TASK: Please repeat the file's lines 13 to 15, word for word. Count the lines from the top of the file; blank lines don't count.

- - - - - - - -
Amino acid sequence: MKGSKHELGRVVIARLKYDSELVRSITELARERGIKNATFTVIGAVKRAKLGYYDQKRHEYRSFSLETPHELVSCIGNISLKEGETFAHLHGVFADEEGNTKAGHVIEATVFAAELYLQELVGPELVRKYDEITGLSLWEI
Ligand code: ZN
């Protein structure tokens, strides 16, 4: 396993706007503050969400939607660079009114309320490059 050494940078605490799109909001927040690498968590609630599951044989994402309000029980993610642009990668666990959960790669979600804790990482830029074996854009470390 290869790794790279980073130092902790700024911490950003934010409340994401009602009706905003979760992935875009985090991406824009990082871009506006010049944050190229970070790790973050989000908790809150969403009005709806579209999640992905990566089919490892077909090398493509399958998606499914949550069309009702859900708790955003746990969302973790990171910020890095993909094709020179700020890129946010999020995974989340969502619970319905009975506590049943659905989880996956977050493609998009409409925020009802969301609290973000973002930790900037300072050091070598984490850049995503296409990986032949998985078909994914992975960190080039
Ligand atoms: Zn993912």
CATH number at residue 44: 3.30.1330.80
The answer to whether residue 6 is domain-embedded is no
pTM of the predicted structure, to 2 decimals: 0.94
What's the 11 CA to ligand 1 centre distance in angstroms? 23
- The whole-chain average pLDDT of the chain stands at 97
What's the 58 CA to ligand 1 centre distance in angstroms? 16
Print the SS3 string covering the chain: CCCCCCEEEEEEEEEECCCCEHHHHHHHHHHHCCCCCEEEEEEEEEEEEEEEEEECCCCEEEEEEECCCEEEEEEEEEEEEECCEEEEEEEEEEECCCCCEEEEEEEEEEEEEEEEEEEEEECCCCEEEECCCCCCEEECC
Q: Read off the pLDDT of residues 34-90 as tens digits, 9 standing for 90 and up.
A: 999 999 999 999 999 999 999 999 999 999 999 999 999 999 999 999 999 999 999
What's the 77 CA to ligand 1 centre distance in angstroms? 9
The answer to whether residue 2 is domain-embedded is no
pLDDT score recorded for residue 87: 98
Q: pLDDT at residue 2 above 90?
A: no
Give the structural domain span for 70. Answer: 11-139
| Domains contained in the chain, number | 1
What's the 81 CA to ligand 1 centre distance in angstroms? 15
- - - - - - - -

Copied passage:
A: 999 999 999 999 999 999 999 999 999 999 999 999 999 999 999 999 999 999 999
What's the 77 CA to ligand 1 centre distance in angstroms? 9
The answer to whether residue 2 is domain-embedded is no